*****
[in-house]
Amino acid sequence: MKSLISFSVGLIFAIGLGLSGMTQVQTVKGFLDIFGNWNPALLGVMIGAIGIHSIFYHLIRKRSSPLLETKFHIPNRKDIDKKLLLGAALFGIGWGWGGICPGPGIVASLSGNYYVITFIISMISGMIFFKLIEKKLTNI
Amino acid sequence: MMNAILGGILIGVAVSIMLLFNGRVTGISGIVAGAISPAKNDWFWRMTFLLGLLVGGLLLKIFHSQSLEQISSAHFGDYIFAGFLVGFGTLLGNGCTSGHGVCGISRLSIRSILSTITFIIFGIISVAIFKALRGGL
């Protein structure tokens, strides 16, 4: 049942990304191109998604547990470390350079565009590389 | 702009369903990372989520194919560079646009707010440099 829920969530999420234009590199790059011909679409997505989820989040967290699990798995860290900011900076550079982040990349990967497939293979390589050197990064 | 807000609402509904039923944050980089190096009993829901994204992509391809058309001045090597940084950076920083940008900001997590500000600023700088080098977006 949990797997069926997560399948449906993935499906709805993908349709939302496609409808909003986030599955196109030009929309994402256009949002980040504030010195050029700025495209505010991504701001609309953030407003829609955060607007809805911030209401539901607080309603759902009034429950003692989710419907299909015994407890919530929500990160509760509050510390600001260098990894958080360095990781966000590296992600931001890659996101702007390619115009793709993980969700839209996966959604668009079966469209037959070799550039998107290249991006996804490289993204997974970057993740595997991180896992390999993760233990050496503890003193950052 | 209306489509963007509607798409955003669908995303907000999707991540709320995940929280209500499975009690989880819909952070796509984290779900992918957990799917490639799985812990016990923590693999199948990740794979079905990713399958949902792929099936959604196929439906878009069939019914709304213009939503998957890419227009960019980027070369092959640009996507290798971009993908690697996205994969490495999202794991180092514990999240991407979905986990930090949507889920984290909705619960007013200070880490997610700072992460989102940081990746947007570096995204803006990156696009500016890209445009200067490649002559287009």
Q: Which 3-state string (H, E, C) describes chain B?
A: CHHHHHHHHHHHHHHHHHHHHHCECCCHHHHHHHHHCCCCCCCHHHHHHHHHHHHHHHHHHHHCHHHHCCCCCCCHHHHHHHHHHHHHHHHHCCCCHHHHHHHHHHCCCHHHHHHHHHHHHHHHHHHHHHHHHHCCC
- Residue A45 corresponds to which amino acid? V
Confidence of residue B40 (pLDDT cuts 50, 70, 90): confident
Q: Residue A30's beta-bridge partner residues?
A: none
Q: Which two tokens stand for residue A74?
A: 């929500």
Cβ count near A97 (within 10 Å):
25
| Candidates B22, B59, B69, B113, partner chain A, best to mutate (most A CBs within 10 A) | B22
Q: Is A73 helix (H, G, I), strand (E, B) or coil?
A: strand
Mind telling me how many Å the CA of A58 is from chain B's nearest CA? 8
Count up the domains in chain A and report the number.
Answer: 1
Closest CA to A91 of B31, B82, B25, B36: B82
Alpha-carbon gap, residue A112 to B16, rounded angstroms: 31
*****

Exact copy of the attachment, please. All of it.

[in-house]
Amino acid sequence: MKSLISFSVGLIFAIGLGLSGMTQVQTVKGFLDIFGNWNPALLGVMIGAIGIHSIFYHLIRKRSSPLLETKFHIPNRKDIDKKLLLGAALFGIGWGWGGICPGPGIVASLSGNYYVITFIISMISGMIFFKLIEKKLTNI
Amino acid sequence: MMNAILGGILIGVAVSIMLLFNGRVTGISGIVAGAISPAKNDWFWRMTFLLGLLVGGLLLKIFHSQSLEQISSAHFGDYIFAGFLVGFGTLLGNGCTSGHGVCGISRLSIRSILSTITFIIFGIISVAIFKALRGGL
């Protein structure tokens, strides 16, 4: 049942990304191109998604547990470390350079565009590389 | 702009369903990372989520194919560079646009707010440099 829920969530999420234009590199790059011909679409997505989820989040967290699990798995860290900011900076550079982040990349990967497939293979390589050197990064 | 807000609402509904039923944050980089190096009993829901994204992509391809058309001045090597940084950076920083940008900001997590500000600023700088080098977006 949990797997069926997560399948449906993935499906709805993908349709939302496609409808909003986030599955196109030009929309994402256009949002980040504030010195050029700025495209505010991504701001609309953030407003829609955060607007809805911030209401539901607080309603759902009034429950003692989710419907299909015994407890919530929500990160509760509050510390600001260098990894958080360095990781966000590296992600931001890659996101702007390619115009793709993980969700839209996966959604668009079966469209037959070799550039998107290249991006996804490289993204997974970057993740595997991180896992390999993760233990050496503890003193950052 | 209306489509963007509607798409955003669908995303907000999707991540709320995940929280209500499975009690989880819909952070796509984290779900992918957990799917490639799985812990016990923590693999199948990740794979079905990713399958949902792929099936959604196929439906878009069939019914709304213009939503998957890419227009960019980027070369092959640009996507290798971009993908690697996205994969490495999202794991180092514990999240991407979905986990930090949507889920984290909705619960007013200070880490997610700072992460989102940081990746947007570096995204803006990156696009500016890209445009200067490649002559287009």
Q: Which 3-state string (H, E, C) describes chain B?
A: CHHHHHHHHHHHHHHHHHHHHHCECCCHHHHHHHHHCCCCCCCHHHHHHHHHHHHHHHHHHHHCHHHHCCCCCCCHHHHHHHHHHHHHHHHHCCCCHHHHHHHHHHCCCHHHHHHHHHHHHHHHHHHHHHHHHHCCC
- Residue A45 corresponds to which amino acid? V
Confidence of residue B40 (pLDDT cuts 50, 70, 90): confident
Q: Residue A30's beta-bridge partner residues?
A: none
Q: Which two tokens stand for residue A74?
A: 């929500």
Cβ count near A97 (within 10 Å):
25
| Candidates B22, B59, B69, B113, partner chain A, best to mutate (most A CBs within 10 A) | B22
Q: Is A73 helix (H, G, I), strand (E, B) or coil?
A: strand
Mind telling me how many Å the CA of A58 is from chain B's nearest CA? 8
Count up the domains in chain A and report the number.
Answer: 1
Closest CA to A91 of B31, B82, B25, B36: B82
Alpha-carbon gap, residue A112 to B16, rounded angstroms: 31